(b) Another important seine in which to capture illegal drone flights would be registration of the UAS and the inclusion of an identification  Number on the aircraft. Again those are traditional methods of FAA regulating aircraft. The N Number may be so small that other than an eagle eye, one could not see it; some onboard technology (like an RFID) might produce the ID information.


→ A third observation is that the FAA- Law Enforcement UAS connection has not worked as well as the agency may have hoped. There were many communications between the FAA and local police departments, going in both directions. None of the Reports included in the FOIA release closed with any formal or informal action by either. The FAA would greatly benefit from the network of the nation’s police departments, which  cover all of the civilized US. Local law officers likely have little expertise in determining the altitude of these vehicles or applying the other FAA standards. Perhaps a stronger explanation of why a beat cop does not take the time to write up a drone is that they have other more pressing tasks, all forms of crime.


(a) It appears that the FAA needs to abandon its reliance on LEOs or create a meaningful educational video to deliver the necessary technical information. More outreach efforts may be worthwhile in order to create the knowledge needed to enforce and to put these aircraft somewhere in the list of police priorities.

(b) Maybe something like the range finder for golf could be adapted for UASs?


→ The records include a substantial number of cases, #4 in my unscientific accounting, in which either

  • the ASI did not exhibit the zeal which they normally pursue Part 121 airlines (i.e. the FAA office computer blocked access to the drone operator’s website; one ASI when told that the operator had a §333 exemption closed the file because he was unable to verify that claim of authority) OR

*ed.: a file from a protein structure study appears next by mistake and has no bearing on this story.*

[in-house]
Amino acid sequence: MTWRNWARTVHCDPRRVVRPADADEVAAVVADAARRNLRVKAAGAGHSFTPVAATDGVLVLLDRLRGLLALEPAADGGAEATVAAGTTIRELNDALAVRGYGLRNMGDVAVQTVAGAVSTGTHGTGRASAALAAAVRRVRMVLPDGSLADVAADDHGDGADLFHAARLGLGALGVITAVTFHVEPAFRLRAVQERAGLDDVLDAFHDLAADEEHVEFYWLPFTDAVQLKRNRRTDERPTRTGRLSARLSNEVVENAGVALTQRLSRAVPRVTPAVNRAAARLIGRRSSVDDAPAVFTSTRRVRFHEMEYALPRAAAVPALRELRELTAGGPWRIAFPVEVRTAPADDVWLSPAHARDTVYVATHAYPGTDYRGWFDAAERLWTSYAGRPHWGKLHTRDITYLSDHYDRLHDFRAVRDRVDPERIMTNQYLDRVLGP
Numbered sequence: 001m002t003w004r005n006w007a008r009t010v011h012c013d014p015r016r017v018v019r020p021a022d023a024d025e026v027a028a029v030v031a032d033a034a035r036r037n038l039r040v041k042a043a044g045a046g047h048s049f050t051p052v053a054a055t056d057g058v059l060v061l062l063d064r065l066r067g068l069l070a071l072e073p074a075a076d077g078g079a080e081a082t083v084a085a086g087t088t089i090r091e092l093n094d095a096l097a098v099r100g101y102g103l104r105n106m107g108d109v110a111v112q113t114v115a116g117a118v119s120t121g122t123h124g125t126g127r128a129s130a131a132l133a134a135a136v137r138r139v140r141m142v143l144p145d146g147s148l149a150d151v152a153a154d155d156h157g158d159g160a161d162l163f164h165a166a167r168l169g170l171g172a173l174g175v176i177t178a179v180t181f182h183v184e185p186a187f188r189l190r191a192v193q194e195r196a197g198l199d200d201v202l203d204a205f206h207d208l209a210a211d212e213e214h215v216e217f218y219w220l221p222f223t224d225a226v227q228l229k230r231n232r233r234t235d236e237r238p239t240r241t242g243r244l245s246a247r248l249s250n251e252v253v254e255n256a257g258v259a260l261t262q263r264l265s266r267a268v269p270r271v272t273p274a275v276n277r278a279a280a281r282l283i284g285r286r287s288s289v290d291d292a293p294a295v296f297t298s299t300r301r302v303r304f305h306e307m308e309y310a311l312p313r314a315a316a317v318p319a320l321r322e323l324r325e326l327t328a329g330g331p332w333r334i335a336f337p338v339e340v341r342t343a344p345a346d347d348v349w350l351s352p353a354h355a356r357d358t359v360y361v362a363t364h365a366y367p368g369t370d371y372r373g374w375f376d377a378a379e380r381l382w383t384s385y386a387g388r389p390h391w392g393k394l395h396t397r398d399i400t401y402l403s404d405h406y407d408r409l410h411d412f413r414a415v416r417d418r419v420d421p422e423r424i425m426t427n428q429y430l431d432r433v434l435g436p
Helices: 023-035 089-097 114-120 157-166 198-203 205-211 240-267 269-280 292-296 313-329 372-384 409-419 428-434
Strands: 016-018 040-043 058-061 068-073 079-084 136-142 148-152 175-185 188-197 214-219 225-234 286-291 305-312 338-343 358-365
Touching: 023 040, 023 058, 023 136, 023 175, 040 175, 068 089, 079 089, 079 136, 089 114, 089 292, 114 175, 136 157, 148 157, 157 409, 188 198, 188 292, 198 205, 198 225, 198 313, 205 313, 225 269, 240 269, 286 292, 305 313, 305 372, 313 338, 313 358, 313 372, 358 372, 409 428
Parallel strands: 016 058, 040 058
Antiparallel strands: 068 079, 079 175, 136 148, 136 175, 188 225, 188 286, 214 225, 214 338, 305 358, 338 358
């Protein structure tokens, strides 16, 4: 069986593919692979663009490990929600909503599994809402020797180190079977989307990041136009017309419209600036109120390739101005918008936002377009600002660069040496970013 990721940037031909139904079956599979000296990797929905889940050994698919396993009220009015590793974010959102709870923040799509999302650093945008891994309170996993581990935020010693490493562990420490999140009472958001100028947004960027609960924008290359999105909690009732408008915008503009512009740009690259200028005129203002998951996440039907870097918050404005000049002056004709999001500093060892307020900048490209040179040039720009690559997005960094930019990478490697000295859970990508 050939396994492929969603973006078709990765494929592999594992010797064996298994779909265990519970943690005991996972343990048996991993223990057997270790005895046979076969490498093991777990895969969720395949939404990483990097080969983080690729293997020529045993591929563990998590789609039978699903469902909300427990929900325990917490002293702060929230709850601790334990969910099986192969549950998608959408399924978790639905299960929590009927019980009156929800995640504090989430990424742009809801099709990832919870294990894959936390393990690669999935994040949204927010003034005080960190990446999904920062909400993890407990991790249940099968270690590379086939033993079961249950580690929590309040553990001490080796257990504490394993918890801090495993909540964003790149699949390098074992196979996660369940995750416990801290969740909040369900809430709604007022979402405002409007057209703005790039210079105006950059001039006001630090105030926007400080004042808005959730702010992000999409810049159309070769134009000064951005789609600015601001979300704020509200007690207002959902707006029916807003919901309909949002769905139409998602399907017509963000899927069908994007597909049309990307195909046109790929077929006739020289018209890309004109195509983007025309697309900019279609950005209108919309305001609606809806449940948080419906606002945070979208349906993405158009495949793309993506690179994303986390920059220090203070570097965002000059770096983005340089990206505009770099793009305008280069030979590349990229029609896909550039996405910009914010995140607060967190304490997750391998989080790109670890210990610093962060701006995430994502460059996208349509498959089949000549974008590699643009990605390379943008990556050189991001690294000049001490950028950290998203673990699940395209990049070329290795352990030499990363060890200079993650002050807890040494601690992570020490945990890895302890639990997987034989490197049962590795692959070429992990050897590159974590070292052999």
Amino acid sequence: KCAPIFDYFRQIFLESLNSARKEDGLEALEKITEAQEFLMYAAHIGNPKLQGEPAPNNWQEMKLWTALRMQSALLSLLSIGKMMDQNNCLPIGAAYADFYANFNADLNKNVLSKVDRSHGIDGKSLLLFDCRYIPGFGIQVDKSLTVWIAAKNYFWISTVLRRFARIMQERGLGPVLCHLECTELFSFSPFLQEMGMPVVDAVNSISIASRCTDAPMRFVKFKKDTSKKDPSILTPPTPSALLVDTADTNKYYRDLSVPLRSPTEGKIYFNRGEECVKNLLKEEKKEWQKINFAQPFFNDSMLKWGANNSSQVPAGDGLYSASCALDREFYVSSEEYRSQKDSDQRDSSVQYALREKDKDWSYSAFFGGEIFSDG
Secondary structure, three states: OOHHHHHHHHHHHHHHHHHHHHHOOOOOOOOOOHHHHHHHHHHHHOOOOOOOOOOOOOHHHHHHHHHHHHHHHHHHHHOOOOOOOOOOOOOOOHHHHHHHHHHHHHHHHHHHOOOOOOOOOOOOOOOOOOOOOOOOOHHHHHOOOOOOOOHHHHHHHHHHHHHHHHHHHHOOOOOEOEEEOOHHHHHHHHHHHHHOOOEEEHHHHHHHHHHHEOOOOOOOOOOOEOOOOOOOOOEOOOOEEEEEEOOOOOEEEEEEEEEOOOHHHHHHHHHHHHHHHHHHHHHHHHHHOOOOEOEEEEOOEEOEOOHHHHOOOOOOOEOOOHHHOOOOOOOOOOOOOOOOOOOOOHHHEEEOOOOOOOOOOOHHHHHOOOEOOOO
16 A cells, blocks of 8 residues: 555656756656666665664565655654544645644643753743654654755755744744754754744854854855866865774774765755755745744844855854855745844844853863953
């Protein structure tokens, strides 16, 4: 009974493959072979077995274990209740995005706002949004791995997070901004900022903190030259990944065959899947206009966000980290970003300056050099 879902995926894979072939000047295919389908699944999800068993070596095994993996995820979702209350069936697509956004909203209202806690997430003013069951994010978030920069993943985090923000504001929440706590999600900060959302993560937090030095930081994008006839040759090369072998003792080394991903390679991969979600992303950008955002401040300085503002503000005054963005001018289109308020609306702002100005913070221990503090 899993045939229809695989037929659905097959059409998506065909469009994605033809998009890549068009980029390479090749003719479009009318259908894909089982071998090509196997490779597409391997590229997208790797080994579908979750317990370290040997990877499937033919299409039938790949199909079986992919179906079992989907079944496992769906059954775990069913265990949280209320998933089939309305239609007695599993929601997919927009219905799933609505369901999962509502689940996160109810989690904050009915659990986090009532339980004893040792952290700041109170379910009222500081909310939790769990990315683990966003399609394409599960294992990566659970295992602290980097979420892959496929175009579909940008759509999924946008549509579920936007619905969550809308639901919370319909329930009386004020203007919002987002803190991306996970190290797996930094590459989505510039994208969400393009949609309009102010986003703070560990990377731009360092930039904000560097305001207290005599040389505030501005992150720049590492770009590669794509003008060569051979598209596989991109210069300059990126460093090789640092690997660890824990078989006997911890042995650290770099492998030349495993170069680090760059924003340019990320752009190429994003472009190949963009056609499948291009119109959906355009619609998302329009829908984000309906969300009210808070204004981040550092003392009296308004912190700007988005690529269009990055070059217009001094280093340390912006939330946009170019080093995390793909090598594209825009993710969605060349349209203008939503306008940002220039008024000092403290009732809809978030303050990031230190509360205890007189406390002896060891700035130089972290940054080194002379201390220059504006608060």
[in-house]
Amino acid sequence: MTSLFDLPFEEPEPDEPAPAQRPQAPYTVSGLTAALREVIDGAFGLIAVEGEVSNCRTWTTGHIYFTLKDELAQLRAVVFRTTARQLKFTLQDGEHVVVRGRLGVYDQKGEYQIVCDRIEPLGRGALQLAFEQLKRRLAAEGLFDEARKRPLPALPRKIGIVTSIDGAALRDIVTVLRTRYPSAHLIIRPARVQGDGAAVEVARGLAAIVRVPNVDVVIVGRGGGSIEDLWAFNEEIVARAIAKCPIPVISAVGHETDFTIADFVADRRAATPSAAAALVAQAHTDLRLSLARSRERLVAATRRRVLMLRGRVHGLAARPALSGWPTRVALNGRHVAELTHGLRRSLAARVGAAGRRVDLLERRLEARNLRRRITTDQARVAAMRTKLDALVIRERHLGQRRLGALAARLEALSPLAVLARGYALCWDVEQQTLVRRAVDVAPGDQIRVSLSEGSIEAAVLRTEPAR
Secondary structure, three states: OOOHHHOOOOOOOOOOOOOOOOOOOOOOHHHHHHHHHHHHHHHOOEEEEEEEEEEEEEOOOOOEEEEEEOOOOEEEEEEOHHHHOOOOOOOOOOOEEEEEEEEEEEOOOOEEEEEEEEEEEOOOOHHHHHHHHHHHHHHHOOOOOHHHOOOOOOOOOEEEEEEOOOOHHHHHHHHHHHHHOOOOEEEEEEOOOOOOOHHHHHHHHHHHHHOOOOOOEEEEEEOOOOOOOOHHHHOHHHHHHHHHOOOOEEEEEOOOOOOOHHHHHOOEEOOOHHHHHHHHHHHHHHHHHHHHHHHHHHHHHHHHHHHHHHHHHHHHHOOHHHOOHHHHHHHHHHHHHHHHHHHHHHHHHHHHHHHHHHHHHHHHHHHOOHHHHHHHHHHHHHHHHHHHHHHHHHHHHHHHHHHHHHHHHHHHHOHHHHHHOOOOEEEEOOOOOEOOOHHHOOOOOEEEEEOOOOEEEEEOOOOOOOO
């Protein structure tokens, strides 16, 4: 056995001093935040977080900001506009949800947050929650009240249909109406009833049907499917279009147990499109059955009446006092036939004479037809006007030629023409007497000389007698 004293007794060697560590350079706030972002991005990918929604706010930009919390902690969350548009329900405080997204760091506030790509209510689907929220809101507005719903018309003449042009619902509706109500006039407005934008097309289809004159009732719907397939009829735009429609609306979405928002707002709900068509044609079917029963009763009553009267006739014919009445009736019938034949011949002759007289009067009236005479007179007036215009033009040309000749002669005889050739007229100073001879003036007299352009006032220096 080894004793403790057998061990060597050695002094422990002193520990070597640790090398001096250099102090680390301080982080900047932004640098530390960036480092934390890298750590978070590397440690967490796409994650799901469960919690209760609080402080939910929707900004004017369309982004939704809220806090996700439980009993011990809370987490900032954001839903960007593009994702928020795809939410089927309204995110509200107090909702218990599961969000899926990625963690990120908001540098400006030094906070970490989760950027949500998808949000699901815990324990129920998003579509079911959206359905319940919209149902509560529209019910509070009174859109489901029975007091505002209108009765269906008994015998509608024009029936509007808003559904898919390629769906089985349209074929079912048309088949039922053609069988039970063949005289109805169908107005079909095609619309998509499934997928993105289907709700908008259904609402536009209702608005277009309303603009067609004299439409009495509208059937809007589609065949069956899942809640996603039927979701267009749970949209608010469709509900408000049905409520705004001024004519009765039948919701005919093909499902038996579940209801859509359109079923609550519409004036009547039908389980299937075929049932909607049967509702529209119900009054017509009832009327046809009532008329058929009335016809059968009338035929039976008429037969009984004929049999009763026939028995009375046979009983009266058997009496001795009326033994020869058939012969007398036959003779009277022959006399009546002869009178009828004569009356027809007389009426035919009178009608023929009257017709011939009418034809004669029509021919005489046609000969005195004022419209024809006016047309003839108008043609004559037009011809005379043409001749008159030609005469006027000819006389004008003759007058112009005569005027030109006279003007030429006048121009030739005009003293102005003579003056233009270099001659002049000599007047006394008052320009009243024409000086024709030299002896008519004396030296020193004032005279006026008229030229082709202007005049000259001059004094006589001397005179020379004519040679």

• the notes indicate that the regional Flight Standards Office primary officer on UASs did not provide adequate guidance for action.

Both of these common excuses are symptoms of a lack of interest/enthusiasm at the field level. The FAA’s recent articulation of its primacy of education over enforcement as to UAS cases may lead to further non-enforcement tendencies.


(a) This failure of some, not all, of the field to regard UAS as a priority may have a number of reasons. As the UAS community has complained, the very specific standards of draft Part 107 are not yet applicable. The FAA has the authority to make the NPRM effective immediately subject to amendments which are appropriate after reading the public docket. Taking such emergency action will both get the attention of the FAA field and of the drone pilots.

(b) It is difficult to set a national policy involving judgment. A violation to ASI (i) is no problem to ASI (ii). That said uniform application of this rule is absolutely essential to the success of this nascent business. Too soft in enforcement could result in irresponsible drone flying and that could be the cause of a defining accident. Such an event would be harmful to those involved, but disastrous to the industry’s reputation. A tough enforcement stance could harm the learning curve in the early days of development. The Goldilocks Principle is hard to attain but should be the goal. Careful management of the message from the Executives to the Field of the balanced UAS enforcement will be critical to obtaining voluntary compliance while yet letting the drone business grow.

No one said, except a few unrealistic advocates, that introduction of the UAS into the National Airspace System was going to be easy. The FAA has successfully fashioned a regulatory regime based on analyzing data; perhaps a team should examine these and other numbers to try to establish that delicate balance.


ARTICLE: FOIA Request Reveals FAA UAS Enforcement Data